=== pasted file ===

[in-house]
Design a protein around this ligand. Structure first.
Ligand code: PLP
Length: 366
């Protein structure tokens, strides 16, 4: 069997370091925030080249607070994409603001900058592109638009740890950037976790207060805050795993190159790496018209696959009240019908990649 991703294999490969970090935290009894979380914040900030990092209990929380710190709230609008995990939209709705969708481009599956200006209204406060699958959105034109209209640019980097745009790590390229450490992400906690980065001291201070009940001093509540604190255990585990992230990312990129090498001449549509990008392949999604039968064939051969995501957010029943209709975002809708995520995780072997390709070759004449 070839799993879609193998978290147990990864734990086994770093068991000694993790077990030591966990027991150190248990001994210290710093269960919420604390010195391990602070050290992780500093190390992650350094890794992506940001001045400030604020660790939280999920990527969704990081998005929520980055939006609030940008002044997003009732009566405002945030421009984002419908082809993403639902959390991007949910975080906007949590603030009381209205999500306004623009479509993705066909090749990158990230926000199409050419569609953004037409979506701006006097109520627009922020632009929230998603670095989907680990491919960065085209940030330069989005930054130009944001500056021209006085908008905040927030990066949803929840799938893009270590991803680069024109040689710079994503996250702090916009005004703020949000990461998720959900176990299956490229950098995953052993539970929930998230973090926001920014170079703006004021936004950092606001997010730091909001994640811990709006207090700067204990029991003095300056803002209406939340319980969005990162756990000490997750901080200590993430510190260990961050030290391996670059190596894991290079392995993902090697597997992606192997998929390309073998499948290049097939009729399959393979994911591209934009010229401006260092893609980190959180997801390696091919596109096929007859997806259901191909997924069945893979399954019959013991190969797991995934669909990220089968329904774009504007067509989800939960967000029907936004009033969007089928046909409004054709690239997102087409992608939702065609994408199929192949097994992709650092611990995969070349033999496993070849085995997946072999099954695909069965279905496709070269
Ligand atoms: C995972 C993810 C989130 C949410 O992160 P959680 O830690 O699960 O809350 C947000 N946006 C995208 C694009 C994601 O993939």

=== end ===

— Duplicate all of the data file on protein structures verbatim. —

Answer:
[in-house]
Design a protein around this ligand. Structure first.
Ligand code: PLP
Length: 366
């Protein structure tokens, strides 16, 4: 069997370091925030080249607070994409603001900058592109638009740890950037976790207060805050795993190159790496018209696959009240019908990649 991703294999490969970090935290009894979380914040900030990092209990929380710190709230609008995990939209709705969708481009599956200006209204406060699958959105034109209209640019980097745009790590390229450490992400906690980065001291201070009940001093509540604190255990585990992230990312990129090498001449549509990008392949999604039968064939051969995501957010029943209709975002809708995520995780072997390709070759004449 070839799993879609193998978290147990990864734990086994770093068991000694993790077990030591966990027991150190248990001994210290710093269960919420604390010195391990602070050290992780500093190390992650350094890794992506940001001045400030604020660790939280999920990527969704990081998005929520980055939006609030940008002044997003009732009566405002945030421009984002419908082809993403639902959390991007949910975080906007949590603030009381209205999500306004623009479509993705066909090749990158990230926000199409050419569609953004037409979506701006006097109520627009922020632009929230998603670095989907680990491919960065085209940030330069989005930054130009944001500056021209006085908008905040927030990066949803929840799938893009270590991803680069024109040689710079994503996250702090916009005004703020949000990461998720959900176990299956490229950098995953052993539970929930998230973090926001920014170079703006004021936004950092606001997010730091909001994640811990709006207090700067204990029991003095300056803002209406939340319980969005990162756990000490997750901080200590993430510190260990961050030290391996670059190596894991290079392995993902090697597997992606192997998929390309073998499948290049097939009729399959393979994911591209934009010229401006260092893609980190959180997801390696091919596109096929007859997806259901191909997924069945893979399954019959013991190969797991995934669909990220089968329904774009504007067509989800939960967000029907936004009033969007089928046909409004054709690239997102087409992608939702065609994408199929192949097994992709650092611990995969070349033999496993070849085995997946072999099954695909069965279905496709070269
Ligand atoms: C995972 C993810 C989130 C949410 O992160 P959680 O830690 O699960 O809350 C947000 N946006 C995208 C694009 C994601 O993939």